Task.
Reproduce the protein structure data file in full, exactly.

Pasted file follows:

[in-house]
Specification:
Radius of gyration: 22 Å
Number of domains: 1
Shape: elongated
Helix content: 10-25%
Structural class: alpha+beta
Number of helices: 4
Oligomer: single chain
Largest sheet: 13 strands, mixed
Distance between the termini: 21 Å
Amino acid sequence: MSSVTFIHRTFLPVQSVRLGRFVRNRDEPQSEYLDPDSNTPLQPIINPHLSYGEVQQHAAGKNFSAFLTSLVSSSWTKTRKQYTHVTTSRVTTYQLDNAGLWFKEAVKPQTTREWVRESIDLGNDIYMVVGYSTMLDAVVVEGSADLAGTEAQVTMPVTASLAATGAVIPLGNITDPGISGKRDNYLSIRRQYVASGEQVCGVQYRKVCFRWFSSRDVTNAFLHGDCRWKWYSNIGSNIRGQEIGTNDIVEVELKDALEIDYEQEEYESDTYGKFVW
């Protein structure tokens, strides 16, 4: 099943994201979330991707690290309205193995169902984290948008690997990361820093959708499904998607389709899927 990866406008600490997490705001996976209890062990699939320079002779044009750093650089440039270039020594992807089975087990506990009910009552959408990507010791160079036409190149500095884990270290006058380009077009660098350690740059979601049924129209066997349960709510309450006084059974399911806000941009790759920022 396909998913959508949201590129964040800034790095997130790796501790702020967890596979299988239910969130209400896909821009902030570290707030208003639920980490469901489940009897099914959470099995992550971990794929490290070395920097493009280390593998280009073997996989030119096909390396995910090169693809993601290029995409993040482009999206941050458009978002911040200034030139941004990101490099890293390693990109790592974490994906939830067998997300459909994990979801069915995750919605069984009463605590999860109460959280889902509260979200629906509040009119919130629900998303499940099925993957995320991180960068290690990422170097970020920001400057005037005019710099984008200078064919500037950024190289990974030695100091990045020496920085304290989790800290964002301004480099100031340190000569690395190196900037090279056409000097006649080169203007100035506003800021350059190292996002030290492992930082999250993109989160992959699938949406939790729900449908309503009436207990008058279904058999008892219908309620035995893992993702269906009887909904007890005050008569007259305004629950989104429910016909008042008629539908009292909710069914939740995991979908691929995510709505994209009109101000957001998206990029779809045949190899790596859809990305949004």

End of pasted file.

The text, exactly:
[in-house]
Specification:
Radius of gyration: 22 Å
Number of domains: 1
Shape: elongated
Helix content: 10-25%
Structural class: alpha+beta
Number of helices: 4
Oligomer: single chain
Largest sheet: 13 strands, mixed
Distance between the termini: 21 Å
Amino acid sequence: MSSVTFIHRTFLPVQSVRLGRFVRNRDEPQSEYLDPDSNTPLQPIINPHLSYGEVQQHAAGKNFSAFLTSLVSSSWTKTRKQYTHVTTSRVTTYQLDNAGLWFKEAVKPQTTREWVRESIDLGNDIYMVVGYSTMLDAVVVEGSADLAGTEAQVTMPVTASLAATGAVIPLGNITDPGISGKRDNYLSIRRQYVASGEQVCGVQYRKVCFRWFSSRDVTNAFLHGDCRWKWYSNIGSNIRGQEIGTNDIVEVELKDALEIDYEQEEYESDTYGKFVW
């Protein structure tokens, strides 16, 4: 099943994201979330991707690290309205193995169902984290948008690997990361820093959708499904998607389709899927 990866406008600490997490705001996976209890062990699939320079002779044009750093650089440039270039020594992807089975087990506990009910009552959408990507010791160079036409190149500095884990270290006058380009077009660098350690740059979601049924129209066997349960709510309450006084059974399911806000941009790759920022 396909998913959508949201590129964040800034790095997130790796501790702020967890596979299988239910969130209400896909821009902030570290707030208003639920980490469901489940009897099914959470099995992550971990794929490290070395920097493009280390593998280009073997996989030119096909390396995910090169693809993601290029995409993040482009999206941050458009978002911040200034030139941004990101490099890293390693990109790592974490994906939830067998997300459909994990979801069915995750919605069984009463605590999860109460959280889902509260979200629906509040009119919130629900998303499940099925993957995320991180960068290690990422170097970020920001400057005037005019710099984008200078064919500037950024190289990974030695100091990045020496920085304290989790800290964002301004480099100031340190000569690395190196900037090279056409000097006649080169203007100035506003800021350059190292996002030290492992930082999250993109989160992959699938949406939790729900449908309503009436207990008058279904058999008892219908309620035995893992993702269906009887909904007890005050008569007259305004629950989104429910016909008042008629539908009292909710069914939740995991979908691929995510709505994209009109101000957001998206990029779809045949190899790596859809990305949004």